From "Pee-Wee's Playhouse" in New York to "Scrooge" in Yorba Linda?
Some might see that as a leap from the extraordinary to the prosaic, but not Jeff Raum. He sees the Yorba Linda Civic Light Opera's production of "Scrooge," which opens Tuesday, as an opportunity to tap into two sides of his creativity at once. The artist who helped develop the surreal environs of television's "Playhouse" will perform the title role in the musical production and will create the character's distinctive look.
Raum, 30, has done makeup and theatrical design, mostly in New York, for several years. Besides transforming a studio into Pee-Wee's playhouse, he helped devise much of the elaborate makeup for two major Broadway shows, "I'm Not Rappaport" and "Into the Woods."
The Van Nuys resident manages a company that executes murals, \o7 trompe l'oeil\f7 and other faux finishes for homes and businesses. But he still does occasional stage projects. "I just thought ("Scrooge") would be a lot of fun, getting the chance to be both a visual artist and a performing artist," he said. "It has been great, but a lot of work, too."
Raum spends as much as two hours turning himself from a nice young guy into one of the world's sturdiest symbols of mendacity. It takes time to get the prosthetic nose just right, then there's the wig to deal with. . . .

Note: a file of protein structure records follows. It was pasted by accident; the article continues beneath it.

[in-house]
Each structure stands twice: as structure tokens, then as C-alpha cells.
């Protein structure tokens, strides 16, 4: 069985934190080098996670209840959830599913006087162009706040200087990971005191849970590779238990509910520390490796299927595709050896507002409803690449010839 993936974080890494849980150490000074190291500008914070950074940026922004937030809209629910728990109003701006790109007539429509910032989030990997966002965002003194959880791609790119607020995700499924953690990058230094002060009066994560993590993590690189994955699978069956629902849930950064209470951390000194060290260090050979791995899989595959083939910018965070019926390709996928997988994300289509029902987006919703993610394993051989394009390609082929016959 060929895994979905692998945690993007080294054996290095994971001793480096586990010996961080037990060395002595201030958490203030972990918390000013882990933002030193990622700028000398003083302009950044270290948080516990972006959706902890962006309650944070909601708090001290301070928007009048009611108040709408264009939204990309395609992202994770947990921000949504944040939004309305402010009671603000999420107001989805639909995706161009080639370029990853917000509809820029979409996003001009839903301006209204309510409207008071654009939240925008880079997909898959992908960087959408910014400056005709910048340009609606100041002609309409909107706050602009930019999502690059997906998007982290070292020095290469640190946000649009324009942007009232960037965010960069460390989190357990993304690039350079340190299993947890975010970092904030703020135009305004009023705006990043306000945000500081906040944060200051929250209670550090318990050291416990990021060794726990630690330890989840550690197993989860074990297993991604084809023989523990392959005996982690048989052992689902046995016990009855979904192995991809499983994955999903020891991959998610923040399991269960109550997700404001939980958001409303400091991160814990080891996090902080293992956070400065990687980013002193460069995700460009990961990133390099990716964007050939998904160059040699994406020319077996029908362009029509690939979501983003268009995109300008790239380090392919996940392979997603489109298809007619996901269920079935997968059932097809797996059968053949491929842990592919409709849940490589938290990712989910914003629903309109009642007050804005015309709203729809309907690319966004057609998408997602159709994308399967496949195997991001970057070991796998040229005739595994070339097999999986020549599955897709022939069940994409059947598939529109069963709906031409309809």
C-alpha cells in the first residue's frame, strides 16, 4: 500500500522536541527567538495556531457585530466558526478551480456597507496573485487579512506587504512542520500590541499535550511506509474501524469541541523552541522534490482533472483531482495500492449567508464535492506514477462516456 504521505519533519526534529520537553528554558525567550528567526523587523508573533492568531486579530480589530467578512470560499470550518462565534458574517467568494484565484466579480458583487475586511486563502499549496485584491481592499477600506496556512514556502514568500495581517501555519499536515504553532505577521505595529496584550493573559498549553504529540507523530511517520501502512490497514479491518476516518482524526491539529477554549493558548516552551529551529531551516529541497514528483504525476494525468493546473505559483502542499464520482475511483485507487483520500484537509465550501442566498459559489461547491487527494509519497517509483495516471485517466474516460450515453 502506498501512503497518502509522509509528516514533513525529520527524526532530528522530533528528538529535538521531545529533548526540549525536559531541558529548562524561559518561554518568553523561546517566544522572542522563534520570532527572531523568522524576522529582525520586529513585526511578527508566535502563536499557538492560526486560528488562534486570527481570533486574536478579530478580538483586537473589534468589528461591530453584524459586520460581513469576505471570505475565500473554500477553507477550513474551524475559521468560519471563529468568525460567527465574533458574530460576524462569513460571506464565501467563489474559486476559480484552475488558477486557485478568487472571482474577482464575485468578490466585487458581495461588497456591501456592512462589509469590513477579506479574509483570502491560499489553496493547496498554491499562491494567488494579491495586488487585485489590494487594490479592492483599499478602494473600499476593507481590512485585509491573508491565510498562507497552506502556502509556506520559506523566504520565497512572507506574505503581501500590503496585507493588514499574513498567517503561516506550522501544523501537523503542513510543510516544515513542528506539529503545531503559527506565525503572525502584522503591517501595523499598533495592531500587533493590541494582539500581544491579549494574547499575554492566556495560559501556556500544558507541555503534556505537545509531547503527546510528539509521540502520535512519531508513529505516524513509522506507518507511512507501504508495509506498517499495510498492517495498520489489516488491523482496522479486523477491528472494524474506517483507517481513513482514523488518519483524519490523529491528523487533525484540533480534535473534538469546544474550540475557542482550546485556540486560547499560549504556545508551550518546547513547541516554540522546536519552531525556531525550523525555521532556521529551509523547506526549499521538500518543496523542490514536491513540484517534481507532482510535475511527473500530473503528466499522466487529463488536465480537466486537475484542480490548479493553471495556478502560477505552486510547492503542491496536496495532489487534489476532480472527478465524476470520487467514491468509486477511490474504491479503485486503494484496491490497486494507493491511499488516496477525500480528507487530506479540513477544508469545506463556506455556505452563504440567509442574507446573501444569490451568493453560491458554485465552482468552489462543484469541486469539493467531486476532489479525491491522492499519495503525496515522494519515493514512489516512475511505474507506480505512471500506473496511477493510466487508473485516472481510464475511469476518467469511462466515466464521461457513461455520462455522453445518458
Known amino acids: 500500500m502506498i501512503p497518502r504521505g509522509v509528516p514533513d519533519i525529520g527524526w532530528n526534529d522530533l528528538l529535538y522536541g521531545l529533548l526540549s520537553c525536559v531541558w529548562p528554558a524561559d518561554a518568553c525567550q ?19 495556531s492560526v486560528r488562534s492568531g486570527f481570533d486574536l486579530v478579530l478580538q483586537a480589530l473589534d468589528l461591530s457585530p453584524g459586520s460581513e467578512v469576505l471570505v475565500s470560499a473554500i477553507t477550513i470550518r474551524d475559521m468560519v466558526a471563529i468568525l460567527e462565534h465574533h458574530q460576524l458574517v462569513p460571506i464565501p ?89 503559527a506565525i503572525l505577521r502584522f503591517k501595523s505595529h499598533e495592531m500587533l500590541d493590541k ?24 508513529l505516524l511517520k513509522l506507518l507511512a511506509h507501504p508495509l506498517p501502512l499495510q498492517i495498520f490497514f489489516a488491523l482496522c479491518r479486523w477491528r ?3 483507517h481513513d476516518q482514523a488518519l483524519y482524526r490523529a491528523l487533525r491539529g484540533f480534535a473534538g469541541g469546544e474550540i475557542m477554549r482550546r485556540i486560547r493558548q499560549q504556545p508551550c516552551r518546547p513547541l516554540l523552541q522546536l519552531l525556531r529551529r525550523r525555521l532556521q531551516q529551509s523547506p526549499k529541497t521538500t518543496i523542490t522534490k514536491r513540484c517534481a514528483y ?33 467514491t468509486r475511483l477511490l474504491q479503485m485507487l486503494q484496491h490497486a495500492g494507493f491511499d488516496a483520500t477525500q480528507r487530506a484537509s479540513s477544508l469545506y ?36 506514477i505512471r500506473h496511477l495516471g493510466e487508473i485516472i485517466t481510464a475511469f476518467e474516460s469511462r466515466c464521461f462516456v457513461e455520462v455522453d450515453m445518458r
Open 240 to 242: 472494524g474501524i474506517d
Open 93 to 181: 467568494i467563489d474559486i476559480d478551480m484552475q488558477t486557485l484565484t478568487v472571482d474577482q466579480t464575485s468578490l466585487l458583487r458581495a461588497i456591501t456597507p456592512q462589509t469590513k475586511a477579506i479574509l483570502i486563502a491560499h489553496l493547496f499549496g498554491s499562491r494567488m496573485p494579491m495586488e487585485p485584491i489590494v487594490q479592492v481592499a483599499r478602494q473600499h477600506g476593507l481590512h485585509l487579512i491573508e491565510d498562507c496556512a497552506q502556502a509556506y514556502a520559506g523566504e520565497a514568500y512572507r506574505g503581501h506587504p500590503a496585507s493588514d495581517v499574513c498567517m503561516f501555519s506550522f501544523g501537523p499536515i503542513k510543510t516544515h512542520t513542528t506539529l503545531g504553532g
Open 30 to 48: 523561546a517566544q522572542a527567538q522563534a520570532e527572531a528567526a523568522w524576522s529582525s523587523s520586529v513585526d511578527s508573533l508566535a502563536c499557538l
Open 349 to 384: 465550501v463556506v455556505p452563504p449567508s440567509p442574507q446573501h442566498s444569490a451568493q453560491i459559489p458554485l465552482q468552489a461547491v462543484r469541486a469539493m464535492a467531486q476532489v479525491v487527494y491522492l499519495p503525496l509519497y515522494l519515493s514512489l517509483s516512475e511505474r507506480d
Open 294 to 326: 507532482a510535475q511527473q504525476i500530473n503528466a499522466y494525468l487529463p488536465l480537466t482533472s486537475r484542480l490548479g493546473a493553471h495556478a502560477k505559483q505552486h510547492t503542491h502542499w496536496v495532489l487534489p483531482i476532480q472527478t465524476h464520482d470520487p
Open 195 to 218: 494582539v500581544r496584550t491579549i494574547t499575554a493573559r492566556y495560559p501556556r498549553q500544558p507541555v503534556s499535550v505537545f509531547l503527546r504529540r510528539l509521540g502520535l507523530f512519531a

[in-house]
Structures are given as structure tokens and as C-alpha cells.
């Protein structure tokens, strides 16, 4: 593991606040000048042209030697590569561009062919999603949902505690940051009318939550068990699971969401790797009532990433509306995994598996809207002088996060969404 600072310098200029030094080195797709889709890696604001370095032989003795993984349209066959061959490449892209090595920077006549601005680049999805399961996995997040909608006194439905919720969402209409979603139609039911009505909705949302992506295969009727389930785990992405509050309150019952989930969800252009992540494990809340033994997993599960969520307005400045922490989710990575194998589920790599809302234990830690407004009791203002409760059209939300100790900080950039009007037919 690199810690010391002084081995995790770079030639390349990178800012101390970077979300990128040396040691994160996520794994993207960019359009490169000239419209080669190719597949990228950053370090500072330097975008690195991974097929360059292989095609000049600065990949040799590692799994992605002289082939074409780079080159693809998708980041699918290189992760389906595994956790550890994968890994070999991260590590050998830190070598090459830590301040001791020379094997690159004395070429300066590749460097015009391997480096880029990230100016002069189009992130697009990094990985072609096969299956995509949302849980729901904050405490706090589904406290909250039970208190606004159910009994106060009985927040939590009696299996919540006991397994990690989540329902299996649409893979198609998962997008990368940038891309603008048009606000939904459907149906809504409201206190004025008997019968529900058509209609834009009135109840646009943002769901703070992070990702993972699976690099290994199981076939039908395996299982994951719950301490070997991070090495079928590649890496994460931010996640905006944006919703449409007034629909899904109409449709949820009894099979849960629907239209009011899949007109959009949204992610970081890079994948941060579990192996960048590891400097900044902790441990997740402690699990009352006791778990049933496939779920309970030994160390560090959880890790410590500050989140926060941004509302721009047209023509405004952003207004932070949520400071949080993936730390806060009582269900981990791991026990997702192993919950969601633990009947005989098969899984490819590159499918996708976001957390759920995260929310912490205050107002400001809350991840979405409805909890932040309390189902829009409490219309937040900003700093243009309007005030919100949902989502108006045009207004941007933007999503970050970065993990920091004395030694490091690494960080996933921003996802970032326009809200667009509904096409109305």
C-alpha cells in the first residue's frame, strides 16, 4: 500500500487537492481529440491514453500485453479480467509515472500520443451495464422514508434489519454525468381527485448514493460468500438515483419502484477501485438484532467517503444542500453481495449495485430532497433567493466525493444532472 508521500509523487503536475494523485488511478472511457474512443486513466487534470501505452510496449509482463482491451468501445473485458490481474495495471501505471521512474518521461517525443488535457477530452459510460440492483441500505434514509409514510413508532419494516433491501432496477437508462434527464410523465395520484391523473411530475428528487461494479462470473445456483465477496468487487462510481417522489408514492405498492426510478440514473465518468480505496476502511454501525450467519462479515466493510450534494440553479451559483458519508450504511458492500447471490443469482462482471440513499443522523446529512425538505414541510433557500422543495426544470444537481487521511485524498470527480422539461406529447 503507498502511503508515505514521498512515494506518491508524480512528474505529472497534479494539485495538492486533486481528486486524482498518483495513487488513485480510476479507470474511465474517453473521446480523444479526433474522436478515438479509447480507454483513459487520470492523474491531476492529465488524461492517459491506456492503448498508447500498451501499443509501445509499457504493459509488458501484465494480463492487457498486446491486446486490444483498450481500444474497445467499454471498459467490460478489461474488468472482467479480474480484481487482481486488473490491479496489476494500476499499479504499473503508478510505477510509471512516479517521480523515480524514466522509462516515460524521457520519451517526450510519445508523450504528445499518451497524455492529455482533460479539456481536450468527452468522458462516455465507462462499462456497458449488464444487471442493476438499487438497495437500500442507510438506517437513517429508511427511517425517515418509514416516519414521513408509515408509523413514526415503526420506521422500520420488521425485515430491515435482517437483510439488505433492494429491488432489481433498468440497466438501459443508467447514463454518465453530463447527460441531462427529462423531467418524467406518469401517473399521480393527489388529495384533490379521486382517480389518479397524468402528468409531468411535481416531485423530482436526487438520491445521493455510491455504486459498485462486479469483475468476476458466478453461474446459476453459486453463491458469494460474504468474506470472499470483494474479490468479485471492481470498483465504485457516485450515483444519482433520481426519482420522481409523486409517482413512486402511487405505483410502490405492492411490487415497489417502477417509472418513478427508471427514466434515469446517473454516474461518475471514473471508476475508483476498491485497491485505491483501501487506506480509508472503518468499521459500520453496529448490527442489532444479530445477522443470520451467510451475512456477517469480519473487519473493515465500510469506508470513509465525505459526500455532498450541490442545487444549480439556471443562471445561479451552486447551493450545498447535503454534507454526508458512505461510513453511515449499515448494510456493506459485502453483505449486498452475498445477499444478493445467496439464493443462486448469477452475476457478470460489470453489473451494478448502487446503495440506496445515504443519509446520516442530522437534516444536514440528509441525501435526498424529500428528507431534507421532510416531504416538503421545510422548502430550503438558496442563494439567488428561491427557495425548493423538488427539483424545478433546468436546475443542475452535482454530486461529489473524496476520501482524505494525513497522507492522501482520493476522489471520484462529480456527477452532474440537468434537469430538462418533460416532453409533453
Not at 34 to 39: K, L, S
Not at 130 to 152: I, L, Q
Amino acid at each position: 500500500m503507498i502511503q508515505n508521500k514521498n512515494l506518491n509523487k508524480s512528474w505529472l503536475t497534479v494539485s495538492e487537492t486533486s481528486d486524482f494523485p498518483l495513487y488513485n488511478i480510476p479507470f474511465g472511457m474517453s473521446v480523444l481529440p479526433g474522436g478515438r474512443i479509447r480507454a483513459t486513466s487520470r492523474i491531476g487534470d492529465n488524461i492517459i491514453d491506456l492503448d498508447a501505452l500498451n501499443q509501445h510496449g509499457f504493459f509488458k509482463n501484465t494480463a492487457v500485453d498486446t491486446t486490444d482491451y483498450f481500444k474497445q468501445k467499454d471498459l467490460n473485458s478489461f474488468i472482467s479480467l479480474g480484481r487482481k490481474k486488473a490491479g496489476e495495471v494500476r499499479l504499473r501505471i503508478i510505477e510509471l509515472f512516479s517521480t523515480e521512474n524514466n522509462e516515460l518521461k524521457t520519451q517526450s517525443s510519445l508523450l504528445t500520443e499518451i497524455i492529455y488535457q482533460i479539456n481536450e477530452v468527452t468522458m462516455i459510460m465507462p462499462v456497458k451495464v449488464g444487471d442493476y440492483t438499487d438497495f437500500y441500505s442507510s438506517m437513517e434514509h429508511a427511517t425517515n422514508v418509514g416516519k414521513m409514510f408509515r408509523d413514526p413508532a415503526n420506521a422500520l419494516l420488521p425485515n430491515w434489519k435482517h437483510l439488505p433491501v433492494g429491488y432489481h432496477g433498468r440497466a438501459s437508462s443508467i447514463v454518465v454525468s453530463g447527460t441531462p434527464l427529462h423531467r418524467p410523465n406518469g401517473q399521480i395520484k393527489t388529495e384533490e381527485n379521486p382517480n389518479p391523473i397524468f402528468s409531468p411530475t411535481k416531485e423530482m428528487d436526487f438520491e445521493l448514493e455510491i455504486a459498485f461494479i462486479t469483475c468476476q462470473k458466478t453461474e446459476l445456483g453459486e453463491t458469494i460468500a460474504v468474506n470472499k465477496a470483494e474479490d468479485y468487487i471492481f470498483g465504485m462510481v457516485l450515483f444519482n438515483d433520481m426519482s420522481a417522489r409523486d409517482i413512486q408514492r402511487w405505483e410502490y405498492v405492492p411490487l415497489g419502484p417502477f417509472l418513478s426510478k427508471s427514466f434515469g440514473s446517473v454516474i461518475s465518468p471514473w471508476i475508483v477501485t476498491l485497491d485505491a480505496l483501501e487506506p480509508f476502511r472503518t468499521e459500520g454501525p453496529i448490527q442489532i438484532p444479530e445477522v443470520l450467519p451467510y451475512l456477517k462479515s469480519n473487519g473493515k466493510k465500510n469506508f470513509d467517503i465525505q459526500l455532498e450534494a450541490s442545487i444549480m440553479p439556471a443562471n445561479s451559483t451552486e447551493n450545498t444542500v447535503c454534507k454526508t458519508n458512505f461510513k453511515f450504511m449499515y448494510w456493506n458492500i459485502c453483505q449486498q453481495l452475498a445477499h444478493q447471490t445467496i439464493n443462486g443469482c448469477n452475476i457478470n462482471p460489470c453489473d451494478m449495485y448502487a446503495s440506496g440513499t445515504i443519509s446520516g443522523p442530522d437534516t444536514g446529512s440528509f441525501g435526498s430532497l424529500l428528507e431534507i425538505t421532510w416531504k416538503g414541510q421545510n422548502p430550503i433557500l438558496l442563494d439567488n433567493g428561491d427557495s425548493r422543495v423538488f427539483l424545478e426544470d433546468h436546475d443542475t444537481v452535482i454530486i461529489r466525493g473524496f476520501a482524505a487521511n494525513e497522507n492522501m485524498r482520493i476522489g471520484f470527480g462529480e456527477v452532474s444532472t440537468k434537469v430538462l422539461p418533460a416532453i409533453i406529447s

The makeup requires a patient hand and attention to detail. "At one point, I go out into the audience, so it has to look authentic and hold up to close scrutiny. The demands are there," he said. "You can't take it casually."
But the payoff, he continued, is not only a convincing appearance but a resonance that the makeup helps bring to his performance. "I really feel my personality changing . . . it really clicks when I get the makeup and clothes on and feel the character coming through. People have said I'm different during dress rehearsals, more real and vivid."
This isn't Raum's first acting role. Although he started feeling early on that his talents are more on the technical side, he has acted since high school in Cockeysville, a suburb of Baltimore, in professional as well as amateur productions of "The Dresser," "A Man for All Seasons," "Twelfth Night" and "A Midsummer Night's Dream."
His approach to "Scrooge" is straightforward. "I play him pretty traditionally, much the way Dickens' describes him. People go to the show not expecting to see something new; they go to see an old friend, so I don't deviate too much from what the audience expects."
After graduating from the University of Dayton in 1983 with an art degree, Raum worked briefly for an advertising firm in Washington, D.C., before moving to New York City to join Broadcast Arts, which developed animated television commercials and "Pee-Wee's Playhouse."
Though he didn't get a chance to work with Pee-Wee himself, Raum found the "Playhouse" job to be a real hoot. "I designed some of the characters, like the dinosaur family, the magic screen, Globey and a few others. . . . I enjoyed it because it was so off the wall, there was a lot of freedom in the approach."
Raum described his work on "Into the Woods" and "I'm Not Rappaport" as exciting and demanding. For "Woods," he applied the makeup for the witch, Rapunzel, the wolf and several other key characters; for "Rappaport" he helped age actor Hal Linden by about 20 years.